Like many people who are fortunate enough to live somewhere with ready access to drinkable water, when I make tea, I fill my kettle directly from the tap. But if you’ve ever wondered what the best water to brew tea with might be — tap? Or bottled? — it turns out that the choice you make can have a pretty dramatic effect on the resulting drink, especially if your go-to beverage is green teea. A recent study from researchers working out of Cornell University’s Sensory Evaluation Center found that people tend to like green tea tea made with tap water better when it comes to taste — but that the health benefits we get from drinking green tea are much more pronounced when it’s made with bottled water.
According to the Tea Association of the U.S.A, more than 159 million people in the United States drink tea every day, with millennials being particularly enthusiastic tea-drinkers — 87 percent of millennials enjoy the beverage regularly. The reasons why people drink tea are wide and varied, of course; for some, it’s about the caffeine, while for others, it’s about tea culture. For many, though, it’s about two things in particular: Health benefits, and taste. Green tea in particular has been shown to have a wide array of health-related perks; it can boost your immune system, help with anxiety, and aid in heart health, among a whole host of others.
But green tea can also be an acquired taste — and according to the current study, which was published in the journal Nutrients, both that taste and those health benefits may be more closely linked than we think.
For the study, 103 participants, all of whom drank green or black tea three to five times or more a week, were given three samples of green tea or three samples of black tea and instructed to evaluate them on a few different qualities: On a scale of one to nine, they rated how much they like the appearance of the tea, how much they liked the flavor, and how much they liked it. The participants also tested each tea for sweetness, bitterness, sourness, and astringency; additionally, the green teas were tested for how vegetal they were, while the black teas were tested for earthiness. Lastly, the participants were instructed to choose a color on a color matching sheet they though best matched each tea’s shade. Before they left, they also answered a few questions pertaining to demographics, as well as their tea drinking habits.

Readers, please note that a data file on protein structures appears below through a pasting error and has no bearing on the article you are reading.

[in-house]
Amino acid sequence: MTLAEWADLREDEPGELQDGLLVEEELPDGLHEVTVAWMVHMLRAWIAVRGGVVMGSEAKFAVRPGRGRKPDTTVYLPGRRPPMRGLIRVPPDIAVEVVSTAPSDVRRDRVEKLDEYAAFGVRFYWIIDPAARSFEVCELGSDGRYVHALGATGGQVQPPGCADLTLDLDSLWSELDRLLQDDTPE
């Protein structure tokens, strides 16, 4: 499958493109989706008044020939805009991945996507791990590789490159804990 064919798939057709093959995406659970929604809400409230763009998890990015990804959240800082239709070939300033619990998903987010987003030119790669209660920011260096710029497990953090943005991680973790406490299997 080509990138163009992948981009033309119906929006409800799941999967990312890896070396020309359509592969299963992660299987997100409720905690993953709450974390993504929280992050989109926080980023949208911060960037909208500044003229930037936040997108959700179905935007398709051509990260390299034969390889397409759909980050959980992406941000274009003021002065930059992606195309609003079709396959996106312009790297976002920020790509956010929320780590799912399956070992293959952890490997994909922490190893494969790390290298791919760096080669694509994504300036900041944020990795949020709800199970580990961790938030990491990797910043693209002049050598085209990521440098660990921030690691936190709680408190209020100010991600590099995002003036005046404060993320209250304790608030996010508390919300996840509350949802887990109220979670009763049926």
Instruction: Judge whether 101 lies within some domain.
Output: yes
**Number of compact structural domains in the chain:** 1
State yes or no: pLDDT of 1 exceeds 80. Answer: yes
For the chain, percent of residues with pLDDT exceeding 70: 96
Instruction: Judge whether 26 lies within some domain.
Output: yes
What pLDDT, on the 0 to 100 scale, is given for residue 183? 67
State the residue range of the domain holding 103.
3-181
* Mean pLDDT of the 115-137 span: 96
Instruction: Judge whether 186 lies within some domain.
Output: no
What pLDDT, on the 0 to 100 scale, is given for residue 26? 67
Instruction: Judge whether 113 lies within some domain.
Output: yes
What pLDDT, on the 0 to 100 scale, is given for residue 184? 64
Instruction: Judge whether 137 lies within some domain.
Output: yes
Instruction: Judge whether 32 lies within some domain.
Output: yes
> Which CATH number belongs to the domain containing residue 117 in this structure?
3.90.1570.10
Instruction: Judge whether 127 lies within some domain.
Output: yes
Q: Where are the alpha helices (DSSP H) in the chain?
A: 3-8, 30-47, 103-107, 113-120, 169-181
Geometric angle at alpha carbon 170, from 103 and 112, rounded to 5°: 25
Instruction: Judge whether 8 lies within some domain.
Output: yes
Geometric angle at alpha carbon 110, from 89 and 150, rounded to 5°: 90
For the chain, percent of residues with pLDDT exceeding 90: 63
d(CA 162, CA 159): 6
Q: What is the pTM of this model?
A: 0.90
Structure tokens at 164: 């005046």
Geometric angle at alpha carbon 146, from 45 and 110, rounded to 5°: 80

When it came to the green tea, the type of water used to brew it had quite an effect on what the participants thought of it. Overall, they preferred the tea brewed with tap water; although there were no major differences noted in astringency, sourness, or vegetal flavor, the participants said the tea tasted much less bitter, as well as sweeter, when brewed with tap water.
But although the participants liked the tea brewed with tap water more, if you drink tea — particularly green tea — primarily for the health benefits, you’ll get more bang for your proverbial buck if you brew it with bottled water. Tea contains a host of catechins — compounds which have quite a dramatic antioxidant effect, and which are therefore a big source of tea’s health properties. One of those catechins which tends to occur in especially high concentrations is epigallocatechin-3-gallate, or EGCG. The catechin content in tea isn’t always the same from type to type or style to style, though — and it seems that when green tea is brewed with bottled water, it ends up with an even higher concentration of EGCG. And although EGCG is good for you, it also ups the bitterness with regards to taste, the researchers found.
The type of water used did also affect the taste and health properties of black tea, but not nearly to the same extent. The participants didn’t note any difference in astringency, bitterness, sourness, or sweetness between black tea brewed with different types of water, although they did say that black tea brewed with tap water was earthier. However, even this small difference bore virtually no effect on how much they liked the black tea. Notably, black tea tends to have less EGCG than green tea does, which supports the idea that the boosted EGCG concentration in the green tea might also account for its bitterness.
The results couldn’t be clearer: As study co-author Robin Dando, who is an associate professor of food science at Cornell, told Medical Xpress, “If you're drinking green tea for its health properties, you should be using bottled water. If you're drinking tea for taste, tap water is better.” Conversely, if you primarily drink black tea, it probably won’t make much of a difference.
It is worth noting, though, that not everyone has a choice about what kind of water they use. Bottled water may be out of reach from a financial standpoint for some, while others may not have access to clean drinking water directly from the tap. In Flint, Mich., the ongoing crisis is affected by both: The city still does not have clean water, and according to Bridge, bottled water supplies are running low. If you’re able to, there’s information here on how to donate bottled water of all kinds, as well as how to donate your time or money as well.
Enjoy your tea, but try to help if you can as well. Every little bit helps.